June Sarpong is one of ITV’s Loose Women

medium jtlMjIdCAxyTm52lujWiVclPI4PC juc6C64jjkrp Y June Sarpong is one of ITVs Loose Women

Credit: ITV

 

June has enjoyed a 15-year career which has already seen her become one of the most recognizable faces of British television, as well as being one of the UK’s most intelligent and dynamic young hosts! So much so that HM The Queen awarded her an MBE in 2007 for her services to broadcasting and charity, making June one of the youngest people to receive the award.

Over the years she’s taken on the world’s most challenging live audiences: from hosting 2005’s major Make Poverty History event in London’s Trafalgar Square to presenting at the UK leg of Live Earth in 2007. In 2008 she even hosted Nelson Mandela’s 90th Birthday celebrations alongside Will Smith in front of 30,000 people at London’s Hyde Park!

As well as her broadcasting work June is also passionately involved with several charitable foundations having worked extensively with HRH Prince Charles for over a decade as an ambassador for his charity the Prince’s Trust, as well as campaigning for The One and Product (RED). And when she’s not busy doing any of that she’s working as Co-Founder of the WIE Network (Women:Inspiration & Enterprise).

After living in America for 8 years, June has recently moved back to her hometown of London and is thrilled to be joining the Loose team.

Find out more in her Q&A below:
I’m best known for: For presenting Nelson Mandela’s 90th Birthday Party in Hyde Park

The proudest moment of my career is: Interviewing Tony Blair and helping to encourage a generation of young people to vote

The first thing I do in the morning is: Go to the loo! After that mediate and pray

My favourite lunch is: Fried chicken

The most famous person in my phonebook is: Will Smith

The actor who would play me in a film about my life is: Wow, not sure. Probably Lupita Nyongo

If I wasn’t presenting Loose Women, I’d be: In my kitchen cooking up a storm. Like Ruth, I LOVE cooking

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Race and Resistance across Borders in the Long Twentieth Century event – May 29 in Oxford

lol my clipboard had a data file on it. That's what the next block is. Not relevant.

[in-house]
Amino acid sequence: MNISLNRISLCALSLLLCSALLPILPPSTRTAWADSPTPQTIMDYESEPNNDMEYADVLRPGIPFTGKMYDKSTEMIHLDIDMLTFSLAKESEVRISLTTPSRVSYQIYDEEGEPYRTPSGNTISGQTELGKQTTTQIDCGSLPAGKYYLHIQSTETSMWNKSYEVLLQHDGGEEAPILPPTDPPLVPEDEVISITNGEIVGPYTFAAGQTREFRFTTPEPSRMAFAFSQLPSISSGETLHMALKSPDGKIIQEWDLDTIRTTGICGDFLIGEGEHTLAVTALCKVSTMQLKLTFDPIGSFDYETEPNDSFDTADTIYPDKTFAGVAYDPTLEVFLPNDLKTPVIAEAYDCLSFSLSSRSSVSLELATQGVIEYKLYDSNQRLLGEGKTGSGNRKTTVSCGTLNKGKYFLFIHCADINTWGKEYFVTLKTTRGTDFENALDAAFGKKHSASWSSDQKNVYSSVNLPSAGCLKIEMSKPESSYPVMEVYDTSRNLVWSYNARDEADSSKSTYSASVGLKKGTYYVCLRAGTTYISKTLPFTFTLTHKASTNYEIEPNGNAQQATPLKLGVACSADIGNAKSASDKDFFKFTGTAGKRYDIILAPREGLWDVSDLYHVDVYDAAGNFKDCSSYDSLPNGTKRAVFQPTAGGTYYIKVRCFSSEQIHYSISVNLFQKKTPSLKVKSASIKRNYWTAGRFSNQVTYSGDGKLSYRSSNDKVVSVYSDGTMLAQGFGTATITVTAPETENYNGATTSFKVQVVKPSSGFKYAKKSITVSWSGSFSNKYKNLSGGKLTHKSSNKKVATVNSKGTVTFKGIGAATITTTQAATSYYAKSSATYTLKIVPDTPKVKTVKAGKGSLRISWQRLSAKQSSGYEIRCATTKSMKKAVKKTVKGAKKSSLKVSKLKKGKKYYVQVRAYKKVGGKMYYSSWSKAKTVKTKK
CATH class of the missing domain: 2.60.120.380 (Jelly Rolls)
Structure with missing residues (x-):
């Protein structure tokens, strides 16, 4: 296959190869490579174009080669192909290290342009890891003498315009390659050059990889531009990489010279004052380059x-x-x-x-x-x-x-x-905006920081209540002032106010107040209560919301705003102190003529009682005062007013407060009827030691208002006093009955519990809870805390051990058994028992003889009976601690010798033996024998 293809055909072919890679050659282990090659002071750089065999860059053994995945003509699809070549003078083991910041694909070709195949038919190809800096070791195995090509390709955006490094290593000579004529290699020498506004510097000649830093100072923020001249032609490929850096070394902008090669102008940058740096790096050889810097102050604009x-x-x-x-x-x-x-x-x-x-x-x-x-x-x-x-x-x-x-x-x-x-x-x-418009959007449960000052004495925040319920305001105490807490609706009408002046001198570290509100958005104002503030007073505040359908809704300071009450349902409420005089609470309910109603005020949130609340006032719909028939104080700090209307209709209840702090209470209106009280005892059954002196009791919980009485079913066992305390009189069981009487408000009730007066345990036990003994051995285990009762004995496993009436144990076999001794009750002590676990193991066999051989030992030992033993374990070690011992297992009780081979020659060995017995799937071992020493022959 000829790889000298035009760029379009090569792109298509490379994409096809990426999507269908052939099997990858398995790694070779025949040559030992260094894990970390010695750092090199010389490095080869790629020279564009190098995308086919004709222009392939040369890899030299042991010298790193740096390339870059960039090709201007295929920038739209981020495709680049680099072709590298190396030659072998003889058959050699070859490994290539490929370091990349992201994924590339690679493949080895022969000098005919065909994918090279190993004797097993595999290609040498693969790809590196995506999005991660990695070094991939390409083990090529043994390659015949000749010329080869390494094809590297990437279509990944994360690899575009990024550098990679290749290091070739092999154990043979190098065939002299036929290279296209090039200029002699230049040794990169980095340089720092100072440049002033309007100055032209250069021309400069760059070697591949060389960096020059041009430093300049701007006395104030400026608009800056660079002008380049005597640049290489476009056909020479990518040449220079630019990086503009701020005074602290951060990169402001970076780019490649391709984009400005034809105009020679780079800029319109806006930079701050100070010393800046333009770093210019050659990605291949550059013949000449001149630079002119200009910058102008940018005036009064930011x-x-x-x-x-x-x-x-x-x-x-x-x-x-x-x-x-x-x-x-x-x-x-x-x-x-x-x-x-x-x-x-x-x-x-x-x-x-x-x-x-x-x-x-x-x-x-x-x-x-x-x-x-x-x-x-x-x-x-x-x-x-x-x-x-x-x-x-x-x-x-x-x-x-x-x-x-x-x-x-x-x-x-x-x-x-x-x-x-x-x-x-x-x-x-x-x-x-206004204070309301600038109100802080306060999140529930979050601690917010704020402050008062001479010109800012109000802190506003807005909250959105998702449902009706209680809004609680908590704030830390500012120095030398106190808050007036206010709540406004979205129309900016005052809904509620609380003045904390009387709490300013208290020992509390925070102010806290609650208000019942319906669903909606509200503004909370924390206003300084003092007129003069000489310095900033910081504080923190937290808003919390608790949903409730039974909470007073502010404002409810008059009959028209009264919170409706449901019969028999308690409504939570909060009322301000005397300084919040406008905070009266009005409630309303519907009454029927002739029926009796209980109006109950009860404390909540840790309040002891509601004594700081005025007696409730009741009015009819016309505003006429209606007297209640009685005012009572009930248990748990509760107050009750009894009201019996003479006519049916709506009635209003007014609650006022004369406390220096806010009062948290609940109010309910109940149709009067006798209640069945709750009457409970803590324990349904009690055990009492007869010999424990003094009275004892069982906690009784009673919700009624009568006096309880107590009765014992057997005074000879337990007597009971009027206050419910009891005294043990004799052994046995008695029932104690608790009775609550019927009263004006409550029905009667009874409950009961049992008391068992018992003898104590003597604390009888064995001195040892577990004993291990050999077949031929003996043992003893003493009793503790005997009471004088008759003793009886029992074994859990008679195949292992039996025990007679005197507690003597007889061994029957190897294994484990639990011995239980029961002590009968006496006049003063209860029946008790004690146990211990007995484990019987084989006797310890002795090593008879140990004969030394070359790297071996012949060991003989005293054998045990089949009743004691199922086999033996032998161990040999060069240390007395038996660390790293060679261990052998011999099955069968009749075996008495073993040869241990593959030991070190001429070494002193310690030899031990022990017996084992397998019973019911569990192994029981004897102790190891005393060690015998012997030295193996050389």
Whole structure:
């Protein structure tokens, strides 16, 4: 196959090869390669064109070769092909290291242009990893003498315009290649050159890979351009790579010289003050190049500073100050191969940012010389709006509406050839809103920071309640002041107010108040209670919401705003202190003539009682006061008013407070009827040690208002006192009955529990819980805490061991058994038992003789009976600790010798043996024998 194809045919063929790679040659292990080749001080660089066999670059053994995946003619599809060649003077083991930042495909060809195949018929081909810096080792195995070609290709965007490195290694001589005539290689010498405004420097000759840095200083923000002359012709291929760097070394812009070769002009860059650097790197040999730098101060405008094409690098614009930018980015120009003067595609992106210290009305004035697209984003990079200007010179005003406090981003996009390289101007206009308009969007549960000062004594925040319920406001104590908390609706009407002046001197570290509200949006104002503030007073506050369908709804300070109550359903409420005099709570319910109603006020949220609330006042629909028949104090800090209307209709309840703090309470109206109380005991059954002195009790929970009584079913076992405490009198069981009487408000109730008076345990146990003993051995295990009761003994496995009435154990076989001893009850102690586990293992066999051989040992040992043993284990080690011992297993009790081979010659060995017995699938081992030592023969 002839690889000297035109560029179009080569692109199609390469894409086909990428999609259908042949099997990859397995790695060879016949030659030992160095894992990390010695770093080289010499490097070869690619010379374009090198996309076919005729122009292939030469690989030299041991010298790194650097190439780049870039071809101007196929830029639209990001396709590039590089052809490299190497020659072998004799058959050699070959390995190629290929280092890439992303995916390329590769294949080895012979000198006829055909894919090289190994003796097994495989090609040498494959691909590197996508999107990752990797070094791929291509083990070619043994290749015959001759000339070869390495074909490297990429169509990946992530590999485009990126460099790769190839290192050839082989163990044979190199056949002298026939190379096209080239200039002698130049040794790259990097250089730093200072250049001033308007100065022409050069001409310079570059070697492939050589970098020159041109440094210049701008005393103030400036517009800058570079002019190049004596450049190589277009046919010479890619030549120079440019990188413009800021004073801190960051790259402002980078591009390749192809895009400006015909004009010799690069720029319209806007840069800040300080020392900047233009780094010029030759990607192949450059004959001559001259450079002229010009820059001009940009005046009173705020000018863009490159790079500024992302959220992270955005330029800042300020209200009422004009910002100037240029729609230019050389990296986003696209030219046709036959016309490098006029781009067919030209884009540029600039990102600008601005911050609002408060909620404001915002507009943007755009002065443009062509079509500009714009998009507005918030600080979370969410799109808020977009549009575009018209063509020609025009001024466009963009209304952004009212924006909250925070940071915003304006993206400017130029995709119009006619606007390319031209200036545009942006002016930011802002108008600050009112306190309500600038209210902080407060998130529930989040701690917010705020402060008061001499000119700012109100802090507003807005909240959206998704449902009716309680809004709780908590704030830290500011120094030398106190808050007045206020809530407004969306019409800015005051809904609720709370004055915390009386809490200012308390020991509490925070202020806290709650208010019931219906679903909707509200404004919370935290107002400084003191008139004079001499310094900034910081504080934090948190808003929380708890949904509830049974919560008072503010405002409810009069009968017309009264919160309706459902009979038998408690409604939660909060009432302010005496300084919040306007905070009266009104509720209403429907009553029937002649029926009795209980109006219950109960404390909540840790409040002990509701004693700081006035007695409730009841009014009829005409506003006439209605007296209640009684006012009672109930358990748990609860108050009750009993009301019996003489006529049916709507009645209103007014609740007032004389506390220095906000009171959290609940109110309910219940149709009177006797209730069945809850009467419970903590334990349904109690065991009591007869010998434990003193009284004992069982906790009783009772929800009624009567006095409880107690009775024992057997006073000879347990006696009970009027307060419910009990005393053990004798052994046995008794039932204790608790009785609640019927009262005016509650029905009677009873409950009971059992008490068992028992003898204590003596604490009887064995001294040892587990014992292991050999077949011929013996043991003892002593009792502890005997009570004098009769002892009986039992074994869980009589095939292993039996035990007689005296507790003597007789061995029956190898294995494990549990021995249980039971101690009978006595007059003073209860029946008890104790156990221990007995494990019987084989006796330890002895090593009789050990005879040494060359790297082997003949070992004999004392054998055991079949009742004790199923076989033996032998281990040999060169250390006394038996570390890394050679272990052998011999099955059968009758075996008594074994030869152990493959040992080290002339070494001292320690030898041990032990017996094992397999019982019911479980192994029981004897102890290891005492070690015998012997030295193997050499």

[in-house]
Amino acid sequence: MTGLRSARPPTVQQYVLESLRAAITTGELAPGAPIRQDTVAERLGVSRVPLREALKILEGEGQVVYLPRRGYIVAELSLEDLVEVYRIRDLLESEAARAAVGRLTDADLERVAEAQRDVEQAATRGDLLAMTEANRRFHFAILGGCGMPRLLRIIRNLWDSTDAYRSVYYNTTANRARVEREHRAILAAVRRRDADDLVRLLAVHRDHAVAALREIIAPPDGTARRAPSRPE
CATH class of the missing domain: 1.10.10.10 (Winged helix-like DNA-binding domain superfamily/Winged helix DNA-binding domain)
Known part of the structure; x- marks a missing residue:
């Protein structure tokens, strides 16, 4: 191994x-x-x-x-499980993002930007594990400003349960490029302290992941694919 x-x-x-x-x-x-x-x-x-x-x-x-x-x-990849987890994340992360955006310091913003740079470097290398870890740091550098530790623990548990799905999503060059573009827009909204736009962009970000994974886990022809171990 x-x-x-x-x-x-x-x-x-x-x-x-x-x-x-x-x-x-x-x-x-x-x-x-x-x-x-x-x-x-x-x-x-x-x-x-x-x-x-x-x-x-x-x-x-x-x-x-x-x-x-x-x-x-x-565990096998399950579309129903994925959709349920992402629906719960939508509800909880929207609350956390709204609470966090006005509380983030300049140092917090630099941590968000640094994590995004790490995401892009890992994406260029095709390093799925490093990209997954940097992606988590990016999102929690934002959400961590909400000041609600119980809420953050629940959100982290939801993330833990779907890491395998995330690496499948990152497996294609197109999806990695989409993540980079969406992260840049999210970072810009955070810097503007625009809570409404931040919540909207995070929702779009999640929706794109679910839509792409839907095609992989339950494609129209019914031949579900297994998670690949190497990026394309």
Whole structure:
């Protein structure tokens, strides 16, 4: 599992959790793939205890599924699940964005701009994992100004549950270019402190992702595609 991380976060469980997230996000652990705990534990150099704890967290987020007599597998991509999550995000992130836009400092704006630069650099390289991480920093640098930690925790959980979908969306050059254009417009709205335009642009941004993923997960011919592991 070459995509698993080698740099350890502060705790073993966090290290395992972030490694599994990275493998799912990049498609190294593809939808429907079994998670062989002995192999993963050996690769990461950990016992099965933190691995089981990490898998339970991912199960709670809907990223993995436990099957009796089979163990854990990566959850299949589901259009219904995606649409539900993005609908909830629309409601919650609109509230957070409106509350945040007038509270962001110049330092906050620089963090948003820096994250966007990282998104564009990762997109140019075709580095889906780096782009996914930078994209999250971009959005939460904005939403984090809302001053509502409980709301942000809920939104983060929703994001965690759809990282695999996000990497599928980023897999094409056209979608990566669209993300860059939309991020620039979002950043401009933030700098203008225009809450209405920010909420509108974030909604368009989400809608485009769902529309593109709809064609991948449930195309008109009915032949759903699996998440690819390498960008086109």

Race and Resistance across Borders in the Long Twentieth Century event   May 29 in Oxford

Launched in January 2013, the Race and Resistance network brings together researchers in the history, literature, and culture of anti-racist movements in Africa, Asia, the Caribbean, Europe, Latin America, the United States, and beyond.

We meet every Friday during term-time, with sessions taking a variety of formats, including lectures by invited speakers, short research presentations, seminars discussing pre-circulated texts from a range of disciplines, book launches, and film screenings.

All are welcome to attend.

The interdisciplinary research group ‘Race and Resistance across Borders in the Long Twentieth Century’ brings together researchers in the history, literature and culture of anti-racist movements in Africa, Asia, the Caribbean, Europe, Latin America, the United States, and beyond.

Events will take place in the TORCH Seminar Room, 3rd Floor of the Radcliffe Humanities Building, Oxford University (unless otherwise stated), and lunch will be provided at the lunchtime meetings.

29th May, 5pm: (**please note change to time)

Chaired by Tiziana Morosetti (University of Oxford), the round table discusses contemporary attempts to re-enact ‘human zoos’ and their artistic politics after the much-criticised and eventually cancelled performance of Brett Bailey’s Exhibit B at the Barbican in 2014. Are re-enactments of ‘human zoos’ useful/desirable? Do they effectively tackle racial politics? Are we, as one petition stated, justified in censoring them when they risk being racially offensive?

The interdisciplinary research group ‘Race and Resistance across Borders in the Long Twentieth Century’ brings together researchers in the history, literature and culture of anti-racist movements in Africa, Asia, the Caribbean, Europe, Latin America, the United States, and beyond.

 

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Race and Resistance across Borders in the Long Twentieth Century event-May 22 in Oxford

 Race and Resistance across Borders in the Long Twentieth Century event May 22 in Oxford